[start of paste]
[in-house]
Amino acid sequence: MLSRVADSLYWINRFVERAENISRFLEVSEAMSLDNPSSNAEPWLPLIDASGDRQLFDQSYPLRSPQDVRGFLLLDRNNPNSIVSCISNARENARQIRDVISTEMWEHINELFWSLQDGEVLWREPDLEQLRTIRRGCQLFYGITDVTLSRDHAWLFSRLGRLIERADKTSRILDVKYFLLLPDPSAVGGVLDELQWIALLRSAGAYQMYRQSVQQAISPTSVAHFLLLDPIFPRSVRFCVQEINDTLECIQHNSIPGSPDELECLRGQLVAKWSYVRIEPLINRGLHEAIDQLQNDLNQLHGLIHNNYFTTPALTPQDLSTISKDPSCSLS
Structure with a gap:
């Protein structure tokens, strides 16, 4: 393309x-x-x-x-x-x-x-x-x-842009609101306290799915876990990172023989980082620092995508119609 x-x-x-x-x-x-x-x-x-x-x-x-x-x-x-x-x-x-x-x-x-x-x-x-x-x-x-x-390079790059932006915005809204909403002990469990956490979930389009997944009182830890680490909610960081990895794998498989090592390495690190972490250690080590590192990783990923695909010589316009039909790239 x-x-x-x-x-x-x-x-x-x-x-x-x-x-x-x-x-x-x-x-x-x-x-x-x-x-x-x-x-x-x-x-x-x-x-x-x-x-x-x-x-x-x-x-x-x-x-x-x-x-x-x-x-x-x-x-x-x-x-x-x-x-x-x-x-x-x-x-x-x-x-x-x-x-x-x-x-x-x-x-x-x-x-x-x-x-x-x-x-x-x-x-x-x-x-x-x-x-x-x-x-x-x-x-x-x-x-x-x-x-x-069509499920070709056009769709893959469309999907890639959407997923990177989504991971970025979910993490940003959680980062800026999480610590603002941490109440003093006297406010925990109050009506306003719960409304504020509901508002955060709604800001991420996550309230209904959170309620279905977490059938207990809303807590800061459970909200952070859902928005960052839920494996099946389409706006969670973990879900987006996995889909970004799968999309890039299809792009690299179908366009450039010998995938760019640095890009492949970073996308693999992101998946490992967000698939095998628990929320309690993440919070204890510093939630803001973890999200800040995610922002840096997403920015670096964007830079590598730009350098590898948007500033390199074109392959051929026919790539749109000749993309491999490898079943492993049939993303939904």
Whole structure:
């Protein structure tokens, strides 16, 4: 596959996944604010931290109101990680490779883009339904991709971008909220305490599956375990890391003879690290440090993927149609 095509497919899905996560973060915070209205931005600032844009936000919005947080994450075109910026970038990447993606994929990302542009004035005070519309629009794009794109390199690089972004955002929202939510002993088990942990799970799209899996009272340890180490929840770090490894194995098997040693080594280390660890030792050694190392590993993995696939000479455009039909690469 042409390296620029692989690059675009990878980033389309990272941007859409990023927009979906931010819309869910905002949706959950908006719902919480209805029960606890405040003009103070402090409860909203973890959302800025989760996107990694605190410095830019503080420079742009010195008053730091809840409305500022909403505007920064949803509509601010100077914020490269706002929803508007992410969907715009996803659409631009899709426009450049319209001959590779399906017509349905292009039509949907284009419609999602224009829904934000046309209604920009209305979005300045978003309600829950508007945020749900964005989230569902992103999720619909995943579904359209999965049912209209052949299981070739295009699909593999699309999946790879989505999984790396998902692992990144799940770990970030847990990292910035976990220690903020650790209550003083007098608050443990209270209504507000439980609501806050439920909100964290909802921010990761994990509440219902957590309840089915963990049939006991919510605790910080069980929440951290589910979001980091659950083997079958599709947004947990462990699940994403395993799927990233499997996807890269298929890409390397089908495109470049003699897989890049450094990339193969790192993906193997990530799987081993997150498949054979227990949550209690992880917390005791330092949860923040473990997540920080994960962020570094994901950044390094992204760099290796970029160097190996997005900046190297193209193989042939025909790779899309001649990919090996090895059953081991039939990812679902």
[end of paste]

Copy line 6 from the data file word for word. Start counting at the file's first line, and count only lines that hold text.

């Protein structure tokens, strides 16, 4: 596959996944604010931290109101990680490779883009339904991709971008909220305490599956375990890391003879690290440090993927149609 095509497919899905996560973060915070209205931005600032844009936000919005947080994450075109910026970038990447993606994929990302542009004035005070519309629009794009794109390199690089972004955002929202939510002993088990942990799970799209899996009272340890180490929840770090490894194995098997040693080594280390660890030792050694190392590993993995696939000479455009039909690469 042409390296620029692989690059675009990878980033389309990272941007859409990023927009979906931010819309869910905002949706959950908006719902919480209805029960606890405040003009103070402090409860909203973890959302800025989760996107990694605190410095830019503080420079742009010195008053730091809840409305500022909403505007920064949803509509601010100077914020490269706002929803508007992410969907715009996803659409631009899709426009450049319209001959590779399906017509349905292009039509949907284009419609999602224009829904934000046309209604920009209305979005300045978003309600829950508007945020749900964005989230569902992103999720619909995943579904359209999965049912209209052949299981070739295009699909593999699309999946790879989505999984790396998902692992990144799940770990970030847990990292910035976990220690903020650790209550003083007098608050443990209270209504507000439980609501806050439920909100964290909802921010990761994990509440219902957590309840089915963990049939006991919510605790910080069980929440951290589910979001980091659950083997079958599709947004947990462990699940994403395993799927990233499997996807890269298929890409390397089908495109470049003699897989890049450094990339193969790192993906193997990530799987081993997150498949054979227990949550209690992880917390005791330092949860923040473990997540920080994960962020570094994901950044390094992204760099290796970029160097190996997005900046190297193209193989042939025909790779899309001649990919090996090895059953081991039939990812679902």